Tuesday, 21 December 2010

Book - Seven Buildings

Living in Britain has definitely one downside, it is very hard to come across inspiring architecture. And by inspiring I mean not a massive large scale development signed off by a 'starchitect', but an intense and truly thought through building that is confident about it self and how it is positioned in the context. This sort of dedicated design work is rare, I guess for a large part of the world were currently buildings are under construction and not yet stopped for the developers are running out of money.

Publications however can help here and showcase the buildings that might be less public and you wouldn't come across on your way to work because you don't live in Switzerland were dedicated architects are apparently still to be found. Anyway, this is what the latest Lars Mueller Publication showcases here. 'What Anchors a House in Itself' by Andreas Fuhrimann and Gabriele Haechler is a monograph showcasing a selection of their projects and these are real beauties.

Image taken from Lars Mueller Publishers photography by Valentin Jeck / Presenhuber House in the village of Vna in the Lower Engadine Valley in Switzerland.

Kind of unusual for a monograph Fuhrimann and Haechler decide to limit the show to seven buildings. Unusual in the sense that most offices tend to try and make the most of a publication by showing off everything, but here the approach is clearly to show quality, and quality is what you get!

These seven buildings ar real buildings, prototyps for dedicated architecture and design work. Of coure the work of Fuhrimann and Haechler has not remained undiscovered before this publications and the buildings have been widely published already, for example in previousy discussed book 'Total Housing' in the Christmas book list. But as Hubertus Adam points out in his critica contribution to the book the work was recognised out side of Switzerland way ahead of the local architecture press. He identifies the the problem as "The two photographs, one with a red sports car and the other with a black sports car, each in front of the angled metal facade, apparently violate Swiss social conventions in which luxury is disguised by means of understatement."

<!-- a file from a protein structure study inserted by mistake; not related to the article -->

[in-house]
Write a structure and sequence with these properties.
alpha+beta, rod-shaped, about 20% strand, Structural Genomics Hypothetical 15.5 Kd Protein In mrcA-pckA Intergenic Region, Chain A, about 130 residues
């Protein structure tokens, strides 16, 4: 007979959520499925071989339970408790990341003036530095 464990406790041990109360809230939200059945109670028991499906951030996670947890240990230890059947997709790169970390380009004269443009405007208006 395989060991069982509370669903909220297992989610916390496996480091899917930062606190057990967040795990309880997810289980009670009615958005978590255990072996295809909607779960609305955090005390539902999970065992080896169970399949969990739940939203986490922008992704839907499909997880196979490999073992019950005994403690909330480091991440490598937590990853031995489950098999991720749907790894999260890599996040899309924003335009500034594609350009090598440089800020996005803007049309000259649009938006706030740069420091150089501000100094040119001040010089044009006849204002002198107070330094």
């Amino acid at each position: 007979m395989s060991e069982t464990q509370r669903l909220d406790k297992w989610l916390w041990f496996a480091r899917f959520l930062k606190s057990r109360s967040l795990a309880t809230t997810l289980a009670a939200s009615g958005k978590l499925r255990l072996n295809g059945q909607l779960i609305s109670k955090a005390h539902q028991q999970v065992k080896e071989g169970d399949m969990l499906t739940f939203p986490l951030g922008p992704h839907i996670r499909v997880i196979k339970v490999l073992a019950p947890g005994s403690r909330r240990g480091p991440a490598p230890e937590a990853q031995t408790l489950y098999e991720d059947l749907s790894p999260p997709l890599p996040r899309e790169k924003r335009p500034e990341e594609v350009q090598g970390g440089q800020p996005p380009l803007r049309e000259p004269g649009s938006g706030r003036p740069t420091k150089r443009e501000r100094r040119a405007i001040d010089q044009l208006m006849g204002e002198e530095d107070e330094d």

Image taken from afgh / Architects' and Artists' House on the Uetliberg 2002-2003, portrait with black sports car.

The architecture of Fuhrmann and Haechler is no understatement and clearly is pure luxury. This becomes clear while reading in the second part of the book. The close relationship between the architecture of Fuhrmann Haechler to art is portrait both in theoretical practical but also social terms. The projects are usually build for rich artists, curators, art collectors, museum directors or gallery owners. This is clearly an elit these architects are working to create unique objects.
However as the architects themselves as well as the critics stress in the second part of the book which is text based, as opposed to the image based first part, the work is never for but with the client.

Image taken from afgh / Holiday House on the Rigi 2003-2004, the perfect view south-west.

This is one of the most notable architectural monographs of the closing year 2010. Not only but mainly for the seven extremely beautiful and inspiring projects portrayed in full colour, but also because of the contextual discussion of the work of Fuhrimann Haechler in the second part and of course because it is a really nicely designed book with a very clear and simple formal language. Even though it is a paperback this is a treasure. For other great Lars Mueller Publications keep up to date by flowing them on twitter @LarsMuellerBooks.

What a relieve to finally get in the last few days of the year 2010 a book that tells us about beautiful architecture, it really exists out there, keep your eyes open on the way to work in 2011.

Müller, L., 2010. Fuhrimann Hächler: Was ein Haus in sich selbst verankert, Baden: Lars Muller Publishers.

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